What to Do if Your Motorcycle Clicks But Won't Start

What to Do if Your Motorcycle Clicks But Won't Start

  • Updated: 2023-07-05

If you want to find out more about the possible causes of this annoying clicking sound, as well as what you can do to fix and prevent it from occurring in the future, our helpful article is here to guide you through every step.

Possible causes

There are three main possible causes that can make your motorcycle click and become unable to start. In this section of our article, we will explore each one individually to help you pinpoint which one is to blame. After that, we will present possible fixes so that you can get your bike back on the road.

Dead battery

The first and one of the most common reasons why this annoying clicking can occur is that the battery has died. The battery is an essential component in your bike, and without it, the engine won’t start.

So how can you tell if the battery is to blame? Well, for a motorcycle battery to be in good health, it needs to have at least 12.2 volts. For most batteries, 12.2 volts means that the charge is at 50%. 12.4 volts means that the charge is at around 75%, and 12.6 volts is what you’ll see when the battery is fully charged.

If the charge in the battery is lower than 50%, namely 12.2 volts, then you will begin to have problems getting the vehicle started, and you may hear a distinct motorcycle clicking noise.

The component of the motorcycle that starts the engine is the starter, and there are two parts that are very important: the starter solenoid and the starter motor. The solenoid is a small magnet, and when you turn the key in the ignition, a small gear will shoot, and the magnet will polarize it and then turn it.

If the battery is dead, the starter solenoid won’t be able to magnetize the gear, and this is where the clicking sound will come from. Without enough power in the battery, the magnet won’t be able to turn the flywheel in the engine.

Bad starter

If you’ve tested your battery and you’ve ruled it out as a possible cause, but your Harley won’t start and it just clicks, then you are likely experiencing motorcycle starter problems. As we’ve mentioned earlier, the battery gives power to the starter, but it is the starter and its other components that direct that energy. The magnet is assisted by the starter in the polarizing process.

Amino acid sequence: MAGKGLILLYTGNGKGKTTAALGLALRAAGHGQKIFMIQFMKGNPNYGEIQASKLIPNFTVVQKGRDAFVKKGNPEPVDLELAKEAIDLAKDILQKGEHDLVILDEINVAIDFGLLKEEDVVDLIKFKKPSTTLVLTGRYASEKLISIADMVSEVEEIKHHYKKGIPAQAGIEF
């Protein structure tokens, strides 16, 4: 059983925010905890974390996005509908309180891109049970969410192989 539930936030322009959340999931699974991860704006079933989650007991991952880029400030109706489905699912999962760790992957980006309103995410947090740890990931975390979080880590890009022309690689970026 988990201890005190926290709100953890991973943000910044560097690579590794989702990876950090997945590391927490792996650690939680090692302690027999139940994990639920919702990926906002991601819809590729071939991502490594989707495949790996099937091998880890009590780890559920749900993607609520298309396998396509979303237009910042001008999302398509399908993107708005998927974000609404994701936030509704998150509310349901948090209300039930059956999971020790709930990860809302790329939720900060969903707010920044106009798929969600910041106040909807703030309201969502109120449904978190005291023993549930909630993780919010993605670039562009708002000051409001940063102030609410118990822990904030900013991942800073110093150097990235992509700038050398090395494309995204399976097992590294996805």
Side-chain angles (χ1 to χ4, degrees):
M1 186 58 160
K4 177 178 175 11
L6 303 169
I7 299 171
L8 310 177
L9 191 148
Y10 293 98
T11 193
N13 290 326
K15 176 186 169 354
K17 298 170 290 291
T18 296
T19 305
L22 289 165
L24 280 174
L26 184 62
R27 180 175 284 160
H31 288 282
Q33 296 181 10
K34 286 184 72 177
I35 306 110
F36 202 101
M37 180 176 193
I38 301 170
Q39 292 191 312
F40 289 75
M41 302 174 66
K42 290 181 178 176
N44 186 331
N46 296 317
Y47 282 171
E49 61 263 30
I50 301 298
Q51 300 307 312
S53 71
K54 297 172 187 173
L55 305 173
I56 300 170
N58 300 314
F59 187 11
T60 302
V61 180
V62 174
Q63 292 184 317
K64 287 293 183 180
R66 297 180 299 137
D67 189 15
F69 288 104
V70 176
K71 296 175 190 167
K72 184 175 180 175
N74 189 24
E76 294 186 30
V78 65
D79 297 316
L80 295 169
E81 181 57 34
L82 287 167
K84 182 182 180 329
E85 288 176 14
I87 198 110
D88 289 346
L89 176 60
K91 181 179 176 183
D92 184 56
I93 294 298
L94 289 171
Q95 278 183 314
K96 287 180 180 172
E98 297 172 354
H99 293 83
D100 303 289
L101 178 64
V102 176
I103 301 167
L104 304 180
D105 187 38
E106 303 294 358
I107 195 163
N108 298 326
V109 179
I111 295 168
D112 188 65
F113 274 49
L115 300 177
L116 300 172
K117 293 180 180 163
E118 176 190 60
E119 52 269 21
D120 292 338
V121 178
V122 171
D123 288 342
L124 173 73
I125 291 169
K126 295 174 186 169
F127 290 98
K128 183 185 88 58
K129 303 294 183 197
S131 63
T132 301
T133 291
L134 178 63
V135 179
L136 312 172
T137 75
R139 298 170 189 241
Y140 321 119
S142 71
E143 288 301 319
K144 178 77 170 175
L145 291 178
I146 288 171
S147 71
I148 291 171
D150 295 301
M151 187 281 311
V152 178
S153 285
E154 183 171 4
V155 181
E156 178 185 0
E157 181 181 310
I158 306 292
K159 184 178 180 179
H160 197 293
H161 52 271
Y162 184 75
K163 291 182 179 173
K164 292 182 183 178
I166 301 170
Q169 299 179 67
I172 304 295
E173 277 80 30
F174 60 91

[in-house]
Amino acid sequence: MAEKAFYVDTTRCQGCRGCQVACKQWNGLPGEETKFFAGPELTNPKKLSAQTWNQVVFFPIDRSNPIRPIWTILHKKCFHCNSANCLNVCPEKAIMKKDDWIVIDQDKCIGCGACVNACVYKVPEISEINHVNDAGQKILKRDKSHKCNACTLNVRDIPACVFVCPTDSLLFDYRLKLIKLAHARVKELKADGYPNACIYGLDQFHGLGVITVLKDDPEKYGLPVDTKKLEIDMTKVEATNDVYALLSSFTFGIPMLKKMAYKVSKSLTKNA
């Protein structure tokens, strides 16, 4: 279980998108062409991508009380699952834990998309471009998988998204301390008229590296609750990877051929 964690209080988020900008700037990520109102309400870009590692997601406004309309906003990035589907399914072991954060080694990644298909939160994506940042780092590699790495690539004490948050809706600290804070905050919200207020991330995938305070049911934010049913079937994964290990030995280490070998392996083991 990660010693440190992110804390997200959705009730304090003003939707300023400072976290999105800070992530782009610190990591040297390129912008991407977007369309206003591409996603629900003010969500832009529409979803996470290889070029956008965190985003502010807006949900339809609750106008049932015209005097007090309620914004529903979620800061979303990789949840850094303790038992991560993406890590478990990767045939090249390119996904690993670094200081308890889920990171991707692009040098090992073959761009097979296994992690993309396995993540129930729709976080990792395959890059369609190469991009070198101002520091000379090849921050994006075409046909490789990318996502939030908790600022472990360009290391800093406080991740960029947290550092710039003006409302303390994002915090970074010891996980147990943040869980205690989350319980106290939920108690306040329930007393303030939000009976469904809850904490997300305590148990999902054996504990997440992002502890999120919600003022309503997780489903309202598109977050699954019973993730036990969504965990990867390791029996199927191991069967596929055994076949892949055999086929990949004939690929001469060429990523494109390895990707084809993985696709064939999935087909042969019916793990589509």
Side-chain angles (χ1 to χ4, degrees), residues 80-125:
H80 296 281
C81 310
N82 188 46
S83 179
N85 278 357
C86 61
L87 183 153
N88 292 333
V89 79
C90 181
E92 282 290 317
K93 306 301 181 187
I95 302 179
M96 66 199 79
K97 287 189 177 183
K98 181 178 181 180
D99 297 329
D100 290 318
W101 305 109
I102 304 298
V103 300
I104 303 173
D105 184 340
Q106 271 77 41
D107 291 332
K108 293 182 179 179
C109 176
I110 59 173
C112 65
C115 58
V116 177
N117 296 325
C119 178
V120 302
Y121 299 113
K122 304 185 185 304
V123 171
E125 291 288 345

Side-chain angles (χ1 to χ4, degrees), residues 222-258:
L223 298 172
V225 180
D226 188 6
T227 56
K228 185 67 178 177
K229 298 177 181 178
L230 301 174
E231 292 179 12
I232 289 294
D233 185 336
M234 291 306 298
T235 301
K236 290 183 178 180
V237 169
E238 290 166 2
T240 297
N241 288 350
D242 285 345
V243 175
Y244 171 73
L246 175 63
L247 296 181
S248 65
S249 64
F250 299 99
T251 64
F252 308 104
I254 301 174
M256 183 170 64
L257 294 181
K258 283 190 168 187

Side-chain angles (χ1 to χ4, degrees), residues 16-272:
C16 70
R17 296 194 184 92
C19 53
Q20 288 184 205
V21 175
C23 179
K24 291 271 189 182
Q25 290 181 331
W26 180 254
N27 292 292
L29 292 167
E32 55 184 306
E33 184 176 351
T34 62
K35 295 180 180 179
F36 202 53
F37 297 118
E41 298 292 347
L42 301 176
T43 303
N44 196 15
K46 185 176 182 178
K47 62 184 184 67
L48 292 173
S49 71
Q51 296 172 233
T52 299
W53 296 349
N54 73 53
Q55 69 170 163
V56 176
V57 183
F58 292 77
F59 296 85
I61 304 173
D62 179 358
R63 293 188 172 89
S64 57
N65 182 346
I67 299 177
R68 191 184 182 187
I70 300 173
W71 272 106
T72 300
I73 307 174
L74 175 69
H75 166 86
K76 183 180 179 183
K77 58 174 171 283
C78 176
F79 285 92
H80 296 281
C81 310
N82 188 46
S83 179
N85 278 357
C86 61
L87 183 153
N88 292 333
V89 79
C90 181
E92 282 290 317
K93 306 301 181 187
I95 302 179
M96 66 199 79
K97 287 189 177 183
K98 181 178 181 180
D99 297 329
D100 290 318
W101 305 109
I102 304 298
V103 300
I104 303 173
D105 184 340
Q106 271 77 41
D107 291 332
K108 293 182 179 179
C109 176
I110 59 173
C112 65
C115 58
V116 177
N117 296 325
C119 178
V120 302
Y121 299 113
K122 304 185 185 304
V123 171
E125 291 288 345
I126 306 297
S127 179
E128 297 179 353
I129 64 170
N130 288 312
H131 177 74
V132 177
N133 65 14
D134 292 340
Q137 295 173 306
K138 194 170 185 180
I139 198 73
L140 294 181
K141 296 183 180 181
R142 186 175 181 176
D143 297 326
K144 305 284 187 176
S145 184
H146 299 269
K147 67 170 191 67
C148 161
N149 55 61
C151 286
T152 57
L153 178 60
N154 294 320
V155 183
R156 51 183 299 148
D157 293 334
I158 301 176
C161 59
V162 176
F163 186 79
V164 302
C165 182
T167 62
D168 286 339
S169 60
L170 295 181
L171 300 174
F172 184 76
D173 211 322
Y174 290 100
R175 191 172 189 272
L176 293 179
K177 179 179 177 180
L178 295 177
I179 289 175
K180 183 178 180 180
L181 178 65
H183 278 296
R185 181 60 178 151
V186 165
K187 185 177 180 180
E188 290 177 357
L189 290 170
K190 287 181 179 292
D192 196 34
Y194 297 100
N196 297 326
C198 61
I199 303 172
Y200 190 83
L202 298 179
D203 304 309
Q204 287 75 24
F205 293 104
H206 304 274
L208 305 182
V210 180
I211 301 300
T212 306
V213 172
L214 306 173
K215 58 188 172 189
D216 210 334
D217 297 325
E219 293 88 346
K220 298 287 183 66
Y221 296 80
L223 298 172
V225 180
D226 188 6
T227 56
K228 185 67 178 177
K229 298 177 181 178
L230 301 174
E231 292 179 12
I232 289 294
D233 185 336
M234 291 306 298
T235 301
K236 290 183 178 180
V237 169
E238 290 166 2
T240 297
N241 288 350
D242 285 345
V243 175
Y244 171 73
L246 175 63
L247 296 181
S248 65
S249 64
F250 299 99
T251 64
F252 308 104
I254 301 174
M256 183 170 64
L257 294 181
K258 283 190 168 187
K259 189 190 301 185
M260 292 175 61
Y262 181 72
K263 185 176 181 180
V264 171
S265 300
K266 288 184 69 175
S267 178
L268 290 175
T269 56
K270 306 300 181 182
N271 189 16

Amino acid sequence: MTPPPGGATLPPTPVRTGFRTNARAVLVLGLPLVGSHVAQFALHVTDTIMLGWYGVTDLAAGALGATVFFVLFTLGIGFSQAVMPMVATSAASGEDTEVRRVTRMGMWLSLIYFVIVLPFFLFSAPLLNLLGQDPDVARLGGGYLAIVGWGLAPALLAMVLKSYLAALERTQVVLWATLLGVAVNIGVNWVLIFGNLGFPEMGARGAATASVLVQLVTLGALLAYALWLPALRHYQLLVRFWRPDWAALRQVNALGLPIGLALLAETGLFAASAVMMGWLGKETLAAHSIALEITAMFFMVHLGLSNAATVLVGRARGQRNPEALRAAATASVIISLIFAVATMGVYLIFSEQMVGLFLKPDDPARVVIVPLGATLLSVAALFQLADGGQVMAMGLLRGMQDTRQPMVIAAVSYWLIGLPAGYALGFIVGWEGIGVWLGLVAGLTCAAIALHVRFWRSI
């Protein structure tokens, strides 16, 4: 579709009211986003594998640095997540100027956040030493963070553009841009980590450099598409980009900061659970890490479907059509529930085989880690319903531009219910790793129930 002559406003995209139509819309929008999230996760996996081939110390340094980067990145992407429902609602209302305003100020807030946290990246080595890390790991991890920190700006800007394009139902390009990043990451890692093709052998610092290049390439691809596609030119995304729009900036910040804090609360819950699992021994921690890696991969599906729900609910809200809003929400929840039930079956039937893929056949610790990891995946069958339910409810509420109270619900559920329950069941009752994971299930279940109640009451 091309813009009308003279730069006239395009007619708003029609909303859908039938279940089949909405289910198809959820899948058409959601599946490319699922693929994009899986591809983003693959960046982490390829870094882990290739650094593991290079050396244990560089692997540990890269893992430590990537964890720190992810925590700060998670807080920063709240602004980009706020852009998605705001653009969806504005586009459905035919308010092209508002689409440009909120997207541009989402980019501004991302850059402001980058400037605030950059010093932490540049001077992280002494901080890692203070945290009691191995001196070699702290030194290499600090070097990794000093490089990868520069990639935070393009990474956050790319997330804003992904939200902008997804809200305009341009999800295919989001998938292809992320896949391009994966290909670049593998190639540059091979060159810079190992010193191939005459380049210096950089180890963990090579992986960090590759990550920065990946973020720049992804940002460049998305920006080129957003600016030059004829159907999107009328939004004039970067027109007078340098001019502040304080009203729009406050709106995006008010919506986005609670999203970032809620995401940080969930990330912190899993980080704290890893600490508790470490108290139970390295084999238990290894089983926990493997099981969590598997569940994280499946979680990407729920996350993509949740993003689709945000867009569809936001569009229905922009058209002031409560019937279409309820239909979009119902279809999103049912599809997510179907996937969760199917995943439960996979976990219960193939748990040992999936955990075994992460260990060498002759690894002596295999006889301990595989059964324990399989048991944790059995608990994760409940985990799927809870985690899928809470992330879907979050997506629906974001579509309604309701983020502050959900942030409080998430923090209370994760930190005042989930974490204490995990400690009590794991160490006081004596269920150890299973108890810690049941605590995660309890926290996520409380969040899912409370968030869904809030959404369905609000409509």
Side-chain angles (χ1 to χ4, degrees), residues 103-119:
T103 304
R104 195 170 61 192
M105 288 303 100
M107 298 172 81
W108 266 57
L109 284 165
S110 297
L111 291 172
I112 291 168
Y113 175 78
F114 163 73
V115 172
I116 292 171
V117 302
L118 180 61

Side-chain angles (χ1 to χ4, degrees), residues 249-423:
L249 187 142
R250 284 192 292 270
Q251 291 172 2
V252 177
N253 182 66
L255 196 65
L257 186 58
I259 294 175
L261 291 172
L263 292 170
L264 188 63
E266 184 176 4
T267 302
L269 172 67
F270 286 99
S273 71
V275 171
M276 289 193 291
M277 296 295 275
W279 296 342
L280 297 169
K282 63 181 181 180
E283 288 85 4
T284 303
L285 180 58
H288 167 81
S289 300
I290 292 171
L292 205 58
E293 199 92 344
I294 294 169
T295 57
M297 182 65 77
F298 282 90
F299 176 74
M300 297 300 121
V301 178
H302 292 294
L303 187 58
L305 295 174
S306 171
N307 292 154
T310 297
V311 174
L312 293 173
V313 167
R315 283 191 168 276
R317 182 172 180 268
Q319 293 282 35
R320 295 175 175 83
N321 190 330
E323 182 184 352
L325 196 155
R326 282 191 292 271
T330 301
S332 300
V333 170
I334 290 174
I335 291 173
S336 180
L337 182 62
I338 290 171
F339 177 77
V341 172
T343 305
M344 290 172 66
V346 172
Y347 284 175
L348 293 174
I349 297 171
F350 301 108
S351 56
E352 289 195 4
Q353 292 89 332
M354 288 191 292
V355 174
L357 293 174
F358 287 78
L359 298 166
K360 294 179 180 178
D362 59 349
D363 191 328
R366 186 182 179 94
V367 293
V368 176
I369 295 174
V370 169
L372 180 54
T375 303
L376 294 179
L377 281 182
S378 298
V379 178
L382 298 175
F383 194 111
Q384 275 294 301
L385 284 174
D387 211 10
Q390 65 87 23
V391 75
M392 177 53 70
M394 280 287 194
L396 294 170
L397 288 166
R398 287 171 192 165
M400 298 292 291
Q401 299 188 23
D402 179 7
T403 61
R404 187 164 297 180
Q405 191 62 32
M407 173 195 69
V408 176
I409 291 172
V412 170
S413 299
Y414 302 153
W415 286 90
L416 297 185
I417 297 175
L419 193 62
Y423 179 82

If the magnet that’s in charge of polarizing the gear that, in turn, moves the flywheel isn’t magnetized correctly, then the flywheel won’t be able to move. In this case, you will start to hear a clicking noise. This happens when the starter has a mechanical fault. 

This is the second most common culprit, so make sure to consider this as the possible root of your problems before moving on to the third and last possible cause, which is far less common than the first two.

Seized engine

If you are certain that the battery and starter are in good shape, but the motorcycle won’t turn over and just clicks, then it is very likely that your engine has seized. When the engine seizes, the components inside, such as the pistons, rod bearings, piston rings, and the like, will get very hot and weld together.

In this case, the crankshaft will be unable to turn the bearing, and a clicking noise will be heard. The battery may give enough power to the magnet, and the magnet may be working as intended and polarize the gear as it should. However, because of the amount of pressure from the fused parts, turning the flywheel becomes impossible.